'Danger to society'
This year, Arab LGBT+ group Ankh compiled a spreadsheet of more than 50 posts, pages and videos promoting conversion therapy, half from Facebook and the rest from YouTube or individual websites.
Many advertised conversion services at what they said were medical institutions, providing contact details.
Others were videos with up to 3 million views.
"If you are a parent who only speaks Arabic you open up Facebook, you search for information, and what you'll see is posts from people who say they are doctors, and that it's a disease that can be cured," said Nora Noralla, an Egyptian LGBT+ researcher.
One video, posted on Facebook after the platform's ban, encouraged parents who think their children are gay to "detain" them at home until they get help because they pose "a danger to society".
Facebook said on May 27 that it removed the video after receiving a link from the Thomson Reuters Foundation, but the video remained on the platform as of June 3.
Taha Metwally, an Egyptian LGBT+ activist who helped compile Ankh's database, underwent several conversion sessions with Heba Kotb, an Egyptian sex therapist with more than 2 million followers on her verified Facebook page.
During the sessions, which Metwally says took place almost a decade ago, Kotb performed an anal examination - an experience Metwally said was traumatic.
Kotb told the Thomson Reuters Foundation she performs anal examinations with patient consent as part of a "sexual assessment".
Metwally said he has watched with dismay as Kotb has become increasingly popular on Facebook in the years since she tried to treat him, regularly posting videos to millions of followers.
Kotb said Facebook was a key "channel" to interact with patients, particularly during the COVID-19 pandemic, and said she has dedicated staff who respond to Facebook inquiries.
"I have treated no less than 3,000 cases of gays, all over the Arab world," said Kotb, claiming a "100 percent success rate".
She said she was currently conducting online conversion therapy for 30 people, and Facebook had never removed her posts on the subject or warned her about them.
In February, she posted a Facebook video promoting her conversion therapy business, in which she says homosexuality is caused by childhood abuse. The video, which is still visible on her page, has racked up 1.7 million views.
The Facebook spokeswoman said Kotb's account did not have any "active violations".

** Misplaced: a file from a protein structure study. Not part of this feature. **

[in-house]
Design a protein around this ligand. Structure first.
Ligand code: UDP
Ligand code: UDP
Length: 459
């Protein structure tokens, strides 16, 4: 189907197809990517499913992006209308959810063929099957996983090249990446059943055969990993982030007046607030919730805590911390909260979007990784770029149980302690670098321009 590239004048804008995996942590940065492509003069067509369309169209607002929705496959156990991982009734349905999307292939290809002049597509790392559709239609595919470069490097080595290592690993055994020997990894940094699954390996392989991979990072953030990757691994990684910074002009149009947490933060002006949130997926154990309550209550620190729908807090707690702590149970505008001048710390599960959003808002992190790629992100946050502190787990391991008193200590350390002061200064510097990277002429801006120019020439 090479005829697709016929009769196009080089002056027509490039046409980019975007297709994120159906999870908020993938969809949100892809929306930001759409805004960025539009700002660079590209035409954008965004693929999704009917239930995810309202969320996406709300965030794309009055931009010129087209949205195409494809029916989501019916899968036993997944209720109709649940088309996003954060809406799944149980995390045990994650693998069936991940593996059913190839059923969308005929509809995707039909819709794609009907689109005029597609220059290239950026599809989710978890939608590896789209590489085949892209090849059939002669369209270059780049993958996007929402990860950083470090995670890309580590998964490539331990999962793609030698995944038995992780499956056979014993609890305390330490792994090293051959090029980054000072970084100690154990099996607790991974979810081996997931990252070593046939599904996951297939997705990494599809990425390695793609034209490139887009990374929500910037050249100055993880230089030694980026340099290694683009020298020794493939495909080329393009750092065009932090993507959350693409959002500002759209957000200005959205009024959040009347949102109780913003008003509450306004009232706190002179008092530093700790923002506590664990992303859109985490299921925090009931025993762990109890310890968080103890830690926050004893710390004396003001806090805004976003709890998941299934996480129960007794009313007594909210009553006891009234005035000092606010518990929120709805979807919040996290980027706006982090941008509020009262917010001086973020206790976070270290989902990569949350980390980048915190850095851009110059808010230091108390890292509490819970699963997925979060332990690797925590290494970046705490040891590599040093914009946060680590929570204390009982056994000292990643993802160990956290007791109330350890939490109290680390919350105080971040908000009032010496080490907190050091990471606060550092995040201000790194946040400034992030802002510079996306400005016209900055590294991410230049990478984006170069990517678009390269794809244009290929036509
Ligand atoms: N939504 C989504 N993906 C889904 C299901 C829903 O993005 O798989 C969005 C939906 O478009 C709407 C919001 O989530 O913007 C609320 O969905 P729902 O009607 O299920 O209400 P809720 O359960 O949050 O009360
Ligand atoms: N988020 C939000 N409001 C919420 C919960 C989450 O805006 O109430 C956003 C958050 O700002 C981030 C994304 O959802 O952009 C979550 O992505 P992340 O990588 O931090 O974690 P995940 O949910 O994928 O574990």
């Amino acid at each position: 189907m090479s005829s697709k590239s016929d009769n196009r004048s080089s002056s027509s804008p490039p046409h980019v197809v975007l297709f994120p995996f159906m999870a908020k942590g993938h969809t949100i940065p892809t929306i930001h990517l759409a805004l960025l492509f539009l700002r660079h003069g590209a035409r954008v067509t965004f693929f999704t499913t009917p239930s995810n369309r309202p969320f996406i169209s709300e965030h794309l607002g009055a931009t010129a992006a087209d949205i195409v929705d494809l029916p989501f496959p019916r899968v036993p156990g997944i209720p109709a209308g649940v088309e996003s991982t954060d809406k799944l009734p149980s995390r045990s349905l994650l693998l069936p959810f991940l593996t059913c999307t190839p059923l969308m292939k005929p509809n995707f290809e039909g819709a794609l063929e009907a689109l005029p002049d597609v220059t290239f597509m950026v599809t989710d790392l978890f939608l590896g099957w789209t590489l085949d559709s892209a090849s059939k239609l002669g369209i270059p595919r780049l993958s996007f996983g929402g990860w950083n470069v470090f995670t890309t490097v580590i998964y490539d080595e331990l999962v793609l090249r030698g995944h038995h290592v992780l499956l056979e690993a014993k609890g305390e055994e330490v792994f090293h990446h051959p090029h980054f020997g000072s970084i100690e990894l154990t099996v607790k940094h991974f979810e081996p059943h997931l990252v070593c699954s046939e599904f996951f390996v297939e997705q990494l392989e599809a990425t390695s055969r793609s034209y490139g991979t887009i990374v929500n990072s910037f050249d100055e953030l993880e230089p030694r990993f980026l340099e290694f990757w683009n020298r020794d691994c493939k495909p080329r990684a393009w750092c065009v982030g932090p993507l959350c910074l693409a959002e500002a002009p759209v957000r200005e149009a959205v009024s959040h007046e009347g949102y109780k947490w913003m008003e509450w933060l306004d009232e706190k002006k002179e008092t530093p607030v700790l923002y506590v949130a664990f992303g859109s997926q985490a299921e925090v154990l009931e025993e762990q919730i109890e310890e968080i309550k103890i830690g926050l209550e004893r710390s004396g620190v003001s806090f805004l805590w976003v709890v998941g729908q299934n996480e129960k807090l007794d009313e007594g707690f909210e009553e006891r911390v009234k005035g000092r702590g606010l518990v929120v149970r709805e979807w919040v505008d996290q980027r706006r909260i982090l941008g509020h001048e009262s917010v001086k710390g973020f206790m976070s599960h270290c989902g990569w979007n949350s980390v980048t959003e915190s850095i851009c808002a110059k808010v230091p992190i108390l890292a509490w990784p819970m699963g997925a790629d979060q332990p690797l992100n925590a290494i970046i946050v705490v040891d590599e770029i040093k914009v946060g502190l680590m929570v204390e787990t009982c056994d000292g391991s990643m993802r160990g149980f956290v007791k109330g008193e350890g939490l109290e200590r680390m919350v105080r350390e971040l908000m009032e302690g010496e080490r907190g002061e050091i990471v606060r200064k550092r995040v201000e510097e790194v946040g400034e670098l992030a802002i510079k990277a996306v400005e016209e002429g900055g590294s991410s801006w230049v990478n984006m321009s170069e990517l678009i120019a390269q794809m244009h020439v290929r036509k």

Facebook uses artificial intelligence (AI) and people, including Arabic-speakers, to moderate content that may violate its rules.
Mathew Shurka, an LGBT+ activist in the United States who has worked with Facebook on the issue, said conversion therapists had learned to use indirect phrases like "unwanted same-sex attraction" that Facebook might not immediately catch.
"It's a game of whack-a-mole," he said. "They're constantly shifting language and tactics."
Frustrated with big tech's response, 28 LGBT+ and women's rights groups in the Middle East published a letter in March urging Facebook, its picture-sharing app Instagram, as well as Twitter and YouTube, to rein in the "myths" propagated through Arabic conversion therapy posts.
Facebook held workshops with the LGBT+ groups to explain its policies, Metwally said, but declined their request to create a page dedicated to countering the misinformation.
The spokeswoman said "we remain open to future proposals and will continue to work with and support members of the LGBTQ+ community in the Middle East and North Africa."
In the meantime, resource-strapped local LGBT+ groups try to fill the gap - flooding therapy pages with comments or reporting posts to Facebook en masse.
It is a formidable task, said the executive director of one Egypt-based LGBT+ organization who asked not to be named.
"It would be too hard for us to gather all the posts and report it - it's too vast," she said.
The least Facebook could do, Metwally said, is to accompany content promising "cures" with warning labels, as it does for inaccurate posts about COVID-19 or elections.
"Why can't we have that? This is very dangerous content to us - but to Facebook it doesn't seem to be a priority."